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Femoral Torsion

What is it?

The upper end of the femur consists of the neck and head (the ball) articulating with the acetabulum (or cup) at the hip joint. The neck and head of the femur is pointed inwards with a slight forward inclination. This slight forward inclination is called femoral neck anteversion.

The amount of femoral neck anteversion is 40 degrees at birth, and decreases with age to about 15 degrees at maturity. This is the normal evolutionary process of growth in most people. In some instances, the femoral neck anteversion present at birth does not decrease, but stays excessive compared to age, giving rise to the condtion of excessive femoral neck anteversion, or femoral torsion.

What are the symptoms?

The typical presentation is a child between age 3 to 8 brought in by parents because of concerns about intoeing. He or she may even have had treatment for metatarsus adductus or tibial torsion in the past, and parents may think that there has been a recurrence of the old problem.

Typically the child stands or walks with the knee caps and toes pointing in.

What does your doctor do about it?

Femoral torsion was in the past treated by use of twister cables- twisted strands that connect a waist belt to shoes that tend to twist the feet outwards. Kids wore them for years, and they do improve the position of the feet on standing and walking.

However, recent research consisting of longitudinal studies of thousands of children confirmed that most children with femoral torsion resolve spontaneously by age 10. Even in those cases that did not resolve completely, it improves sufficiently to be of no functional significance.

There are still instances where twister cables may be needed. But this is usually in neuromuscular impaired kids, where normal muscle function is not present to effect the evolutionary corrective process.

For most regular kids, the most common cause of persistent femoral torsion is habitual kneeling or sitting in the W-position or television position. These positions perpetuate femoral torsion because they keep the hips in the internally rotated position. It is therefore important that all children, when sitting on the floor to play, learn to sit cross-legged Indian-style. This position places the hips in the externally rotated position and encourages the normal modeling process.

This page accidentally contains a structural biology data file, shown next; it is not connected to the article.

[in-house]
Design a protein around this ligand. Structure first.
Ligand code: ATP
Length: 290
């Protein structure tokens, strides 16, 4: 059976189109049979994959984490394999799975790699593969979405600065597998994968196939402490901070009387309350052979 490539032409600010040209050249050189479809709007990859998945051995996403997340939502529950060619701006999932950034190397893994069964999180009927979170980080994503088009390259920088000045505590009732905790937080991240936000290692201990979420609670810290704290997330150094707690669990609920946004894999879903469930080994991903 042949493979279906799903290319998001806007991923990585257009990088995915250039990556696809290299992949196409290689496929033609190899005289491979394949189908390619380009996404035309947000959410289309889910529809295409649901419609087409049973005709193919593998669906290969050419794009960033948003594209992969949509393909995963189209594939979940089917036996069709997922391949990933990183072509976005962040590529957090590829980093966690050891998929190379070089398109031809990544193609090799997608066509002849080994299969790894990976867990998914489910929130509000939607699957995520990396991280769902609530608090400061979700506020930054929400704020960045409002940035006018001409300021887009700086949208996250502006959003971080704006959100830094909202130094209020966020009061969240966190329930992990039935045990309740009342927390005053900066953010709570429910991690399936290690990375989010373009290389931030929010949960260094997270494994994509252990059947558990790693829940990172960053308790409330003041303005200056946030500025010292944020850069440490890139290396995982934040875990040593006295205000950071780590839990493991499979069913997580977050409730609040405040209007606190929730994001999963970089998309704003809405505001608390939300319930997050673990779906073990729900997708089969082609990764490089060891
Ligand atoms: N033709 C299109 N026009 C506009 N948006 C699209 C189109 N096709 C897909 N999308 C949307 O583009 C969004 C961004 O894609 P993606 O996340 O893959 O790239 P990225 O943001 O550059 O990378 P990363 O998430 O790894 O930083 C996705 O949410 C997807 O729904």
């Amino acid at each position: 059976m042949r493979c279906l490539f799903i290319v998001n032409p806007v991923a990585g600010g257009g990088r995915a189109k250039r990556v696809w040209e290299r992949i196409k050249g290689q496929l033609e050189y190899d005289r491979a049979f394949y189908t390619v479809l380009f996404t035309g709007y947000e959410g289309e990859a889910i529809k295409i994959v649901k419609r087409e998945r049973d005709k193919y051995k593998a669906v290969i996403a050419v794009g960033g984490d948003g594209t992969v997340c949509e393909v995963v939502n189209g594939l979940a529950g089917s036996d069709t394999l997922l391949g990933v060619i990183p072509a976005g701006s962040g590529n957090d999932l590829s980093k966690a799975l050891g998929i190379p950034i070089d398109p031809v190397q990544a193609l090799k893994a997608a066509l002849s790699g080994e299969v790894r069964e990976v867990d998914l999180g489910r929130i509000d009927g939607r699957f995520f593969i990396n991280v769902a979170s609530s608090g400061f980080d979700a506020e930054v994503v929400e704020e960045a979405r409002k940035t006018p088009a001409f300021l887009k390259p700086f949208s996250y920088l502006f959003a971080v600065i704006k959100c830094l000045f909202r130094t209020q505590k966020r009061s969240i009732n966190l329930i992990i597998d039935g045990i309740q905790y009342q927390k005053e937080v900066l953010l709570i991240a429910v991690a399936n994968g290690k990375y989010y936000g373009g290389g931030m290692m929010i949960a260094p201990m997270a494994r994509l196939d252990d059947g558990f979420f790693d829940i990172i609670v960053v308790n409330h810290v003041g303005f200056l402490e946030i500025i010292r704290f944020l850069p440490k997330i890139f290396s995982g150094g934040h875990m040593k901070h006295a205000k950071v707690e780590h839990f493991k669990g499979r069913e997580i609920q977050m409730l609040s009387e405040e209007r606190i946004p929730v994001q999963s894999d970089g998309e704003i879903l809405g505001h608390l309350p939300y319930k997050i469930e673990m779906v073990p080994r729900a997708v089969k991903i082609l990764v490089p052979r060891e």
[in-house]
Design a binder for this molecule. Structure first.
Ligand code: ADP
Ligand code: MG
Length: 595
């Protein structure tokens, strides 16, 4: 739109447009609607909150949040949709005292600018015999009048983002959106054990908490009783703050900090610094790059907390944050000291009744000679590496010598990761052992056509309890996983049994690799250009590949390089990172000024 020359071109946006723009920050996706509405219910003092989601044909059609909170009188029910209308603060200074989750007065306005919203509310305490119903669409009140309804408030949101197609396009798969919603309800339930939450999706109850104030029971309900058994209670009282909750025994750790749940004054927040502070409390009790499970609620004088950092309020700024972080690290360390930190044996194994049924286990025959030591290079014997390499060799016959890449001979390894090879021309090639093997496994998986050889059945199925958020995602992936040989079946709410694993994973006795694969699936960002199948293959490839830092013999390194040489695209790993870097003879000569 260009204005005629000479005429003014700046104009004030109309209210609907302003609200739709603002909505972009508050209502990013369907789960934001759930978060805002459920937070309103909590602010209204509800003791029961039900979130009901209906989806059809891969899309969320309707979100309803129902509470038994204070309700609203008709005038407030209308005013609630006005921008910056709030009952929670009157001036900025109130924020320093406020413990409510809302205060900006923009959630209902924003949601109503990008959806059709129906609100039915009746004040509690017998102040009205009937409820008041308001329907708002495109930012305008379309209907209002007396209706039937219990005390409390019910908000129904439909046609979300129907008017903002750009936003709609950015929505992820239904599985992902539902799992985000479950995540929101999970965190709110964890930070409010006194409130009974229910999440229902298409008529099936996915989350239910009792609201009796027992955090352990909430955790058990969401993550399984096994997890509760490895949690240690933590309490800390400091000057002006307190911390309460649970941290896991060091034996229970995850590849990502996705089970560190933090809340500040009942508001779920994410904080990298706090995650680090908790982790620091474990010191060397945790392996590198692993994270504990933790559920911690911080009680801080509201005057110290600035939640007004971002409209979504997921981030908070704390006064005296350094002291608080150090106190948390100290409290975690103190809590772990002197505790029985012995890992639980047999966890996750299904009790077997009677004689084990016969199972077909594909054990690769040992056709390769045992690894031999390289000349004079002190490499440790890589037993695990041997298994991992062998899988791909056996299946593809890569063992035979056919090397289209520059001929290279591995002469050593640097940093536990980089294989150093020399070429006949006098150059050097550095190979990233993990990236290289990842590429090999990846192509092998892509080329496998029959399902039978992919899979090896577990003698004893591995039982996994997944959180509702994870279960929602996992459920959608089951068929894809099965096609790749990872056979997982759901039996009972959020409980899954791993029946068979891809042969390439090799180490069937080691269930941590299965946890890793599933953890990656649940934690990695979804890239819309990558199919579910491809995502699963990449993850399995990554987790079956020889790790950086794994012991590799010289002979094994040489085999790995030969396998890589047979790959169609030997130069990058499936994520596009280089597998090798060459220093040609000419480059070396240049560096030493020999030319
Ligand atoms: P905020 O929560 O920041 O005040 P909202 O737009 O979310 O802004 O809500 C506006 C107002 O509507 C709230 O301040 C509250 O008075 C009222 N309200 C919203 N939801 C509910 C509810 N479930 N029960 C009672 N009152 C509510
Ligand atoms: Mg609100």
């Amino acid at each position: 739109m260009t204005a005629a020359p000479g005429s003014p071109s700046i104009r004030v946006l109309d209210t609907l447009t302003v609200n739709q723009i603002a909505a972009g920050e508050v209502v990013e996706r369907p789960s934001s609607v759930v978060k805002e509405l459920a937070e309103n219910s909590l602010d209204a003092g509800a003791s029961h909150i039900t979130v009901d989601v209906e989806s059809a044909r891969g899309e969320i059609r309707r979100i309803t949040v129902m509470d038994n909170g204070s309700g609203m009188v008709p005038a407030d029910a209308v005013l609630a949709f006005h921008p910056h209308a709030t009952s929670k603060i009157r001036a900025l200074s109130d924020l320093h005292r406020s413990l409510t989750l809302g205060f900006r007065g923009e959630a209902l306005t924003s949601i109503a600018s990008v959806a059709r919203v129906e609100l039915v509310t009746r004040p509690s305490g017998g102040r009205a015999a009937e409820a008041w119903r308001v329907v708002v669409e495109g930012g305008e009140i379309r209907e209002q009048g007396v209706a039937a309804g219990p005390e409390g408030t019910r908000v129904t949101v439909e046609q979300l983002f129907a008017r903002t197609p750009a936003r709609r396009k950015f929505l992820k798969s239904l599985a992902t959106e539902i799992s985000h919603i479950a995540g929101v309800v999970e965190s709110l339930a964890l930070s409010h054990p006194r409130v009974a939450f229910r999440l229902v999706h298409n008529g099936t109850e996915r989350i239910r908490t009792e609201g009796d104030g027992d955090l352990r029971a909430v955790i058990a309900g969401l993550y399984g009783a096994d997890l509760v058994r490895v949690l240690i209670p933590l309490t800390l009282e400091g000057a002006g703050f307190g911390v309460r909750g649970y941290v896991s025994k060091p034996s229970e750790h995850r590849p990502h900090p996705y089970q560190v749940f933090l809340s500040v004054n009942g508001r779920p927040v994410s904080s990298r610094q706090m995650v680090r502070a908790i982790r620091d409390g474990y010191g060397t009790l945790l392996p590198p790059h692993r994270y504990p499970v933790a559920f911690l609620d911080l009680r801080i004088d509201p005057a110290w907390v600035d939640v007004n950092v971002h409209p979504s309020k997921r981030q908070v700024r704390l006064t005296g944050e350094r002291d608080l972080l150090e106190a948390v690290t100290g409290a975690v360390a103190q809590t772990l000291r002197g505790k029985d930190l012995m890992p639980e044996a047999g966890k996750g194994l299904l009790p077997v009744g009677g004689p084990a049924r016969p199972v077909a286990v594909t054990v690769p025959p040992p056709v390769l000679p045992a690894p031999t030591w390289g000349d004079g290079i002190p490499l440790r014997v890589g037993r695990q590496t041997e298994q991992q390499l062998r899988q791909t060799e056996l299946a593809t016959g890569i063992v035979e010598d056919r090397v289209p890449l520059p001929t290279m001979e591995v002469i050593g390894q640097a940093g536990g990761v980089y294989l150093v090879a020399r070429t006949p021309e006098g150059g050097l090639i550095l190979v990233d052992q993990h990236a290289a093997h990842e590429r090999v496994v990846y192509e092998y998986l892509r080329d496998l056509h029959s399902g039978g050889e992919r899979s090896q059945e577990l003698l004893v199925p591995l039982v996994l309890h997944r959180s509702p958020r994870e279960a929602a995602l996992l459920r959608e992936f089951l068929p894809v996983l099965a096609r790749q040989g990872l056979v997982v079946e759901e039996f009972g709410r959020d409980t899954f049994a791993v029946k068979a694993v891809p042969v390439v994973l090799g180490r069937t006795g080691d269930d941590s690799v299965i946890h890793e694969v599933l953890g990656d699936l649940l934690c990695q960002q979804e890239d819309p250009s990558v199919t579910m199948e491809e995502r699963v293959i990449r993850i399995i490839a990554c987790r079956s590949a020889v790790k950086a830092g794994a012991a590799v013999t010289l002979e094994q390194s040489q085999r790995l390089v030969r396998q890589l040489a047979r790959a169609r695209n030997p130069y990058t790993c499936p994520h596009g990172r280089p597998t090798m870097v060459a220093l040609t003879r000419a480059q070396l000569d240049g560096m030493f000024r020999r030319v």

Fig: The W-position and kneeling position which should be discouraged. The cross-legged or Indian position should be encouraged.

Parents sometimes buy their children heavy corrective shoes, hoping that they will improve the child’s walking. On the contrary, children with femoral torsion walk worse with heavy leather shoes. Since the "problem" is in the hips, any treatment directed at the feet is not expected to help.

What can be expected in the future?

Intoeing from femoral torsion is a universal condition that resolves spontaneously by age 10. In the exceptional case, usually associated with neuromuscular impairment, twister cables may be required. In most instances, understanding of the natural history on the part of parents will help to avoid unnecessary treatment.


NOTICE: The information presented is for your information only, and not a substitute for the medical advice of a qualified physician. Neither the author nor the publisher will be responsible for any harm or injury resulting from interpretations of the materials in this article.

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